Navigation Links
Chloride found at levels that can harm aquatic life in urban streams of the Northern US
Date:9/16/2009

Levels of chloride, a component of salt, are elevated in many urban streams and groundwater across the northern U.S., according to a new government study.

Chloride levels above the recommended federal criteria set to protect aquatic life were found in more than 40 percent of urban streams tested. The study was released today by the U.S. Geological Survey (USGS). Elevated chloride can inhibit plant growth, impair reproduction, and reduce the diversity of organisms in streams.

The effect of chloride on drinking-water wells was lower. Scientists found chloride levels greater than federal standards set for human consumption in fewer than 2 percent of drinking-water wells sampled in the USGS study.

Use of salt for deicing roads and parking lots in the winter is a major source of chloride. Other sources include wastewater treatment, septic systems, and farming operations.

"Safe transportation is a top priority of state and local officials when they use road salt. And clearly salt is an effective deicer that prevents accidents, saves lives, and reduces property losses," said Matthew C. Larsen, USGS Associate Director for Water. "These findings are not surprising, but rather remind us of the unintended consequences that salt use for deicing may have on our waters. Transportation officials continue to implement innovative alternatives that reduce salt use without compromising safety."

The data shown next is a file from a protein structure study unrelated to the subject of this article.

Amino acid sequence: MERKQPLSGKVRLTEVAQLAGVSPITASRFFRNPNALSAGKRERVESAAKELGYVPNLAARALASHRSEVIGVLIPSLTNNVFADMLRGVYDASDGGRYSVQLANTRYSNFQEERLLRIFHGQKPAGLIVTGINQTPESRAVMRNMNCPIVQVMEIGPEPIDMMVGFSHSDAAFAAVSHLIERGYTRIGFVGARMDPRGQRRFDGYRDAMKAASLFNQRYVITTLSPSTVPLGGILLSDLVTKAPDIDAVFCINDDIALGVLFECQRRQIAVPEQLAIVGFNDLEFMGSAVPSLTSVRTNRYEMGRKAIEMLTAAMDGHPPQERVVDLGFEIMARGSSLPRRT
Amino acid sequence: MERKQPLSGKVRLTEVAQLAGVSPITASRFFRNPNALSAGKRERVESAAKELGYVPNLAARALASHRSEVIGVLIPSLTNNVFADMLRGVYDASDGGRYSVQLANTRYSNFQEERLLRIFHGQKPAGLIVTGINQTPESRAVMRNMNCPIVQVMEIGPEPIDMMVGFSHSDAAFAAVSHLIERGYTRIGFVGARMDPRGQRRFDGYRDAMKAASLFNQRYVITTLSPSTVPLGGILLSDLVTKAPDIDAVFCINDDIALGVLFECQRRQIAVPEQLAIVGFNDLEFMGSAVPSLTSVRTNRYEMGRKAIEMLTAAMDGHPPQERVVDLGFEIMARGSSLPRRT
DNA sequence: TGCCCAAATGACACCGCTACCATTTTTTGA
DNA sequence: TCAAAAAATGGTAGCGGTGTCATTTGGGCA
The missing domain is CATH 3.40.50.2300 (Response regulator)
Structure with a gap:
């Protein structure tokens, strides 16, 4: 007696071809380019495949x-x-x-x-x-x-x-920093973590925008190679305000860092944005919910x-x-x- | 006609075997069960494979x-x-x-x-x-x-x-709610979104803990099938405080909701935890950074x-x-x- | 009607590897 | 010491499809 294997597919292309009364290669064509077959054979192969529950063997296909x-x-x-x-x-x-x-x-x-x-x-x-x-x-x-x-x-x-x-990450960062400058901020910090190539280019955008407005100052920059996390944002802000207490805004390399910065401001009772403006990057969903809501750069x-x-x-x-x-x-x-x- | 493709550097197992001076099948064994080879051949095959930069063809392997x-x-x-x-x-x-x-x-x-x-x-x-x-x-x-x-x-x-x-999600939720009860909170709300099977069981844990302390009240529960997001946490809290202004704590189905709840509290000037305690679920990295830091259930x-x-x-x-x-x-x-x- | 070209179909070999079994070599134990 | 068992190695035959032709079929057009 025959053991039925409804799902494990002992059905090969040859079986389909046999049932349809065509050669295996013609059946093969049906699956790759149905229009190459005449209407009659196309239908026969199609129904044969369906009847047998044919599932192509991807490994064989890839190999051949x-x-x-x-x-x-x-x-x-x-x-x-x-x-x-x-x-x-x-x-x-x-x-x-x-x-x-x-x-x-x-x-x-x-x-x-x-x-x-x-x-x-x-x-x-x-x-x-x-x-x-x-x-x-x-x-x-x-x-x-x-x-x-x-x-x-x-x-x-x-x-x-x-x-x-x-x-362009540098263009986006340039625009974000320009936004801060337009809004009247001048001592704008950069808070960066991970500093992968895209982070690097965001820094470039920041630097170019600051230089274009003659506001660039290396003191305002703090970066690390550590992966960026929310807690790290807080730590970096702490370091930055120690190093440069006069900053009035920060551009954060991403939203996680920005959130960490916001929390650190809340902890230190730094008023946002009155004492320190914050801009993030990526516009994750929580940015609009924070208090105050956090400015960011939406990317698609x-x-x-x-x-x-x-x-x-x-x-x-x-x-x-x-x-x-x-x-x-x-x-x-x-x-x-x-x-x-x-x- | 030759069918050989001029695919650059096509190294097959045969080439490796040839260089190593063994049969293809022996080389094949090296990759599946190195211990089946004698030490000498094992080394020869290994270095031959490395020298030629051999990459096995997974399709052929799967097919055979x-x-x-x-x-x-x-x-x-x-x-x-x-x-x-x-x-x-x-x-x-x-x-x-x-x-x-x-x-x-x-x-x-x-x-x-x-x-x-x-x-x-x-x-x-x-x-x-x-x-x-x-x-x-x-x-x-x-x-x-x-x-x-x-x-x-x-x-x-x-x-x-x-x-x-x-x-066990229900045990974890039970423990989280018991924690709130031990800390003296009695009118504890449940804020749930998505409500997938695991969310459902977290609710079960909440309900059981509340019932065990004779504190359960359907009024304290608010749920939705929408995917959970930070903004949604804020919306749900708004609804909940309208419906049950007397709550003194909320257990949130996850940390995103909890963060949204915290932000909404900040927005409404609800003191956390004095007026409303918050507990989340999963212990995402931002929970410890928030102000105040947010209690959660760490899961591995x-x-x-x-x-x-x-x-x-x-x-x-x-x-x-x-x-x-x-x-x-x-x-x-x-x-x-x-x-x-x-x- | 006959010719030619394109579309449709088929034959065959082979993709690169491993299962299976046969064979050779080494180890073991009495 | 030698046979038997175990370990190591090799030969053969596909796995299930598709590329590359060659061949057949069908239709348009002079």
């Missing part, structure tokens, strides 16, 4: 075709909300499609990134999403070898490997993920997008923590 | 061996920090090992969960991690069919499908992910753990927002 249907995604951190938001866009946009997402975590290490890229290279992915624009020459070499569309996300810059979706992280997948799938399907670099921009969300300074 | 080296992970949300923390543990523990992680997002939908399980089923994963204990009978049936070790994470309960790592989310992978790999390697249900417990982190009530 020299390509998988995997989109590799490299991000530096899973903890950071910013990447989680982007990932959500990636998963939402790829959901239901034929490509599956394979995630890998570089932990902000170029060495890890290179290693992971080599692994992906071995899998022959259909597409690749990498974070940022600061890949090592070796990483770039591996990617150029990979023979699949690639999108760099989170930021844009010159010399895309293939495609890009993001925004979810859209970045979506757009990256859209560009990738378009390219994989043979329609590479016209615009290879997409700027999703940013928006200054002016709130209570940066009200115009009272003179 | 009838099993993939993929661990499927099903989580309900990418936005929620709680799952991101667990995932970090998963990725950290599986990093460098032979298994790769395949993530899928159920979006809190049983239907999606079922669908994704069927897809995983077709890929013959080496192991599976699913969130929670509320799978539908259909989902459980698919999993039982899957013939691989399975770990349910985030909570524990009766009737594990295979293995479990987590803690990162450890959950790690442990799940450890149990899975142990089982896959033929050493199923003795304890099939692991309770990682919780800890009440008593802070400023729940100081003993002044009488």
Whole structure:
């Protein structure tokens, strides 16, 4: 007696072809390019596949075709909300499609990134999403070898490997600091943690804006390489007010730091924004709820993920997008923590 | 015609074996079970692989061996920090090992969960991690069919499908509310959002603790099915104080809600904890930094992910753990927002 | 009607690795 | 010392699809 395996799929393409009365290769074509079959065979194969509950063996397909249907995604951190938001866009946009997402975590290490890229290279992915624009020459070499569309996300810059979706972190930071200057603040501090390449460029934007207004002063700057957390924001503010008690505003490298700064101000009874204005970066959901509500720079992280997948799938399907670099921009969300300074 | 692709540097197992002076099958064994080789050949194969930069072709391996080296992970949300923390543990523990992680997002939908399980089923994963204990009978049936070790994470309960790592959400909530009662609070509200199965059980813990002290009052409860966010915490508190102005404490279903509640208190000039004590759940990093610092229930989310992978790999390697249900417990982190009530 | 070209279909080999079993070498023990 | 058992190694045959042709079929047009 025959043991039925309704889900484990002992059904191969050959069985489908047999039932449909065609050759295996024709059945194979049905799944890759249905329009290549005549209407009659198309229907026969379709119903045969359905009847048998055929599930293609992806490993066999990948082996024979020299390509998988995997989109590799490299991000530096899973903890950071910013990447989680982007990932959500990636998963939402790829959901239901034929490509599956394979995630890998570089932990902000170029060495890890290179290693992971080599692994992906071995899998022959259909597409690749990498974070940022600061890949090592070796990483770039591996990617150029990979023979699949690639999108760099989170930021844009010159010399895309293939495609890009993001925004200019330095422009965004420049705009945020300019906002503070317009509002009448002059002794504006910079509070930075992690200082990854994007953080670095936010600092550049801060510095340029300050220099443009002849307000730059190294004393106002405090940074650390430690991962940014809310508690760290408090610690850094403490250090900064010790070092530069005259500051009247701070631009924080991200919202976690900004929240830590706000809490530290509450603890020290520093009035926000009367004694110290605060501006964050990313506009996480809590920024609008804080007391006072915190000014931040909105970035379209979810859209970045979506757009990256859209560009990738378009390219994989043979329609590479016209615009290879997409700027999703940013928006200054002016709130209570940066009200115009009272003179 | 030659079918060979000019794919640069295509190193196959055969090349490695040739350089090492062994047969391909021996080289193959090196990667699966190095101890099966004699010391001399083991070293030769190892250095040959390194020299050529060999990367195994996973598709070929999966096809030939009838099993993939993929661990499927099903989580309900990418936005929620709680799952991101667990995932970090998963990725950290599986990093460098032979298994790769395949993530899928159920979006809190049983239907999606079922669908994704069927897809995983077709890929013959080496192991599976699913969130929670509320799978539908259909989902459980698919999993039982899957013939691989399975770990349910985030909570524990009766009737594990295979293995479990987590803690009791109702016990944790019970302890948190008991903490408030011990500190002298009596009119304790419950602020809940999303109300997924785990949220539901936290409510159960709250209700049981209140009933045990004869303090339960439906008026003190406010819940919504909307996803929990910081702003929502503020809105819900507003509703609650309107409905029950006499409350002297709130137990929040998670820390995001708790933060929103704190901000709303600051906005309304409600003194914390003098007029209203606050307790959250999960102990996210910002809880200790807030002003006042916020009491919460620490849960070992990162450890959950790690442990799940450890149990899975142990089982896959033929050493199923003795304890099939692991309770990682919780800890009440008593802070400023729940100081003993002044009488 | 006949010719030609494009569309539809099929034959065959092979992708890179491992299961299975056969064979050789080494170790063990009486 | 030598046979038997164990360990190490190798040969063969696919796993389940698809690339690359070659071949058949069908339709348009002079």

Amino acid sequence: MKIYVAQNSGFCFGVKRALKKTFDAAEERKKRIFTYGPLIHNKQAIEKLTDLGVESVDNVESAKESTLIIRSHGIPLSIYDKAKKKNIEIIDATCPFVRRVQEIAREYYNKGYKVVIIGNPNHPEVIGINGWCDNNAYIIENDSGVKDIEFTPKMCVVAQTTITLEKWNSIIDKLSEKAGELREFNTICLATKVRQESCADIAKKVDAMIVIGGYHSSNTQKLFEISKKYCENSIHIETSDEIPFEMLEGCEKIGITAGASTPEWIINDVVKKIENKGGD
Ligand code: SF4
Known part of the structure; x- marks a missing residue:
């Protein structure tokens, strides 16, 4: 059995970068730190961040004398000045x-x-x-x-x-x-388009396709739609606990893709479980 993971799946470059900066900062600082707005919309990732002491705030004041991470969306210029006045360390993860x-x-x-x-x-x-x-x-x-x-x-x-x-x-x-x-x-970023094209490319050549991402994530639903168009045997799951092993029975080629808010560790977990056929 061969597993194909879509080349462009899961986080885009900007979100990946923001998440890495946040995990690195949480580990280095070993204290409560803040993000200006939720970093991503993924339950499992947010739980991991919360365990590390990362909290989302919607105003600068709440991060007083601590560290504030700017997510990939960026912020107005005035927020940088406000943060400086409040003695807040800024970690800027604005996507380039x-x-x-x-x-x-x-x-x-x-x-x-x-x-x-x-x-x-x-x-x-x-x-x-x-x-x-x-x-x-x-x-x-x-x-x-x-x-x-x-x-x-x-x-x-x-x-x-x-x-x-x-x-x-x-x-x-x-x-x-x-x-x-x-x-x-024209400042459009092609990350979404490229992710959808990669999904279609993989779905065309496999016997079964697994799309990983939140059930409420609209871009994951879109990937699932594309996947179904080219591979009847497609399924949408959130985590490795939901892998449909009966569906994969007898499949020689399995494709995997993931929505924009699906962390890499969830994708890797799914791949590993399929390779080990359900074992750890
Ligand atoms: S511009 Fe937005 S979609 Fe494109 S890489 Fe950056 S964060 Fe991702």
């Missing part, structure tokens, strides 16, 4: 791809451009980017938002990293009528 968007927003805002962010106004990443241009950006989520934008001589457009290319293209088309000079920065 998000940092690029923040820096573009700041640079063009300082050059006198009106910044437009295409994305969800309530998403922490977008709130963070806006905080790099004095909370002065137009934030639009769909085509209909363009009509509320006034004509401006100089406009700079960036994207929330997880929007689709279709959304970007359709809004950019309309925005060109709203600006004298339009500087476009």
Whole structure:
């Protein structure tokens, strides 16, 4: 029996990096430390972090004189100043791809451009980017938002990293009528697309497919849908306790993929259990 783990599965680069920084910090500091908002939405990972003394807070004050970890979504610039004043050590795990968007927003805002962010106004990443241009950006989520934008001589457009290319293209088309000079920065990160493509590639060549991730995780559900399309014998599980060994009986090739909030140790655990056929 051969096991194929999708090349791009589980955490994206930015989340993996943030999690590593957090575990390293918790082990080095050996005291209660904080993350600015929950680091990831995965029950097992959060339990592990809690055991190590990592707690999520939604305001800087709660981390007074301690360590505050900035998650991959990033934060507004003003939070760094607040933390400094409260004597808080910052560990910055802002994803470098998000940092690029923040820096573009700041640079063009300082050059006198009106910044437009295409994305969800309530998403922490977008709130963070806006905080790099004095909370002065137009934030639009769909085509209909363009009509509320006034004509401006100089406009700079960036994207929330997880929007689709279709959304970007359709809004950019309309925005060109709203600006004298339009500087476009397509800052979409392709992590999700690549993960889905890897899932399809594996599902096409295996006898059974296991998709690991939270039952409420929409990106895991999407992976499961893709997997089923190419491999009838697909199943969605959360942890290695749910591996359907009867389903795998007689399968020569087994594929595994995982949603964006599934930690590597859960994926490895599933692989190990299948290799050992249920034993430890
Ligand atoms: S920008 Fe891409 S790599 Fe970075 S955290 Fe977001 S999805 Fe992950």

This comprehensive study examines chloride concentrations in the northern U.S. covering parts of 19 States, including 1,329 wells and 100 streams.

Selected Highlights

Land use matters

Chloride yields (the amount of chloride delivered per square mile of drainage area) were substantially higher in cities than in farmlands and forests. Urban streams carried 88 tons of chloride per square mile of drainage area. Forest streams carried about 6 tons of chloride per square mile.

Only 4 percent of the streams in agricultural areas had chloride levels that exceeded the recommended federal criteria set to protect aquatic life (compared to more than 40 percent of urban streams). Overall, 15 percent of all streams had chloride levels exceeding the criteria.

Chloride concentrations in shallow groundwater (not used for drinking) were 16 times greater in urban areas than in forests, and 4 times greater in urban areas than in agricultural areas.

Highest levels in streams in the winter

In urban streams, the highest levels of chloride (as great as 4,000 parts per million, which is about 20 times higher than the recommended federal criteria) were measured during winter months when salt and other chemicals are used for deicing.

Increases over time

Increases in chloride levels in streams during the last two decades are consistent with overall increases in salt use in the U.S. for deicing.

Increasing chloride yields are linked to the expansion of road networks and parking lots that require deicing, increases in the number of septic systems, increases in wastewater discharge, and increases in saline groundwater from landfills.

Sources can vary locally